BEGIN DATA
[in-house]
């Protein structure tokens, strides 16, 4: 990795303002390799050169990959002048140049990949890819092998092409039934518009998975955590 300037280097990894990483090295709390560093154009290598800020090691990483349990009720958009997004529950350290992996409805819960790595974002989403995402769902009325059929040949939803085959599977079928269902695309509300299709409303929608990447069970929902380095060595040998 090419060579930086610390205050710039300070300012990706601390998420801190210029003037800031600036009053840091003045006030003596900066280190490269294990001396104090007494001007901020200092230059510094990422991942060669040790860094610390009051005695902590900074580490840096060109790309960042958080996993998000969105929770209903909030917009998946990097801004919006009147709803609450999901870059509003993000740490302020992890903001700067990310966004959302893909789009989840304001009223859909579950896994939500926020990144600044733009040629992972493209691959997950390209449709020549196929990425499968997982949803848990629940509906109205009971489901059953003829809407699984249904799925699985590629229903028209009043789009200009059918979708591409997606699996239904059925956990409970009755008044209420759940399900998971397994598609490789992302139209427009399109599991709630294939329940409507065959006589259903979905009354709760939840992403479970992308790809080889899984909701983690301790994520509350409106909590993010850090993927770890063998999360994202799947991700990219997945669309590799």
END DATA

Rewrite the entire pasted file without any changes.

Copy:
[in-house]
């Protein structure tokens, strides 16, 4: 990795303002390799050169990959002048140049990949890819092998092409039934518009998975955590 300037280097990894990483090295709390560093154009290598800020090691990483349990009720958009997004529950350290992996409805819960790595974002989403995402769902009325059929040949939803085959599977079928269902695309509300299709409303929608990447069970929902380095060595040998 090419060579930086610390205050710039300070300012990706601390998420801190210029003037800031600036009053840091003045006030003596900066280190490269294990001396104090007494001007901020200092230059510094990422991942060669040790860094610390009051005695902590900074580490840096060109790309960042958080996993998000969105929770209903909030917009998946990097801004919006009147709803609450999901870059509003993000740490302020992890903001700067990310966004959302893909789009989840304001009223859909579950896994939500926020990144600044733009040629992972493209691959997950390209449709020549196929990425499968997982949803848990629940509906109205009971489901059953003829809407699984249904799925699985590629229903028209009043789009200009059918979708591409997606699996239904059925956990409970009755008044209420759940399900998971397994598609490789992302139209427009399109599991709630294939329940409507065959006589259903979905009354709760939840992403479970992308790809080889899984909701983690301790994520509350409106909590993010850090993927770890063998999360994202799947991700990219997945669309590799």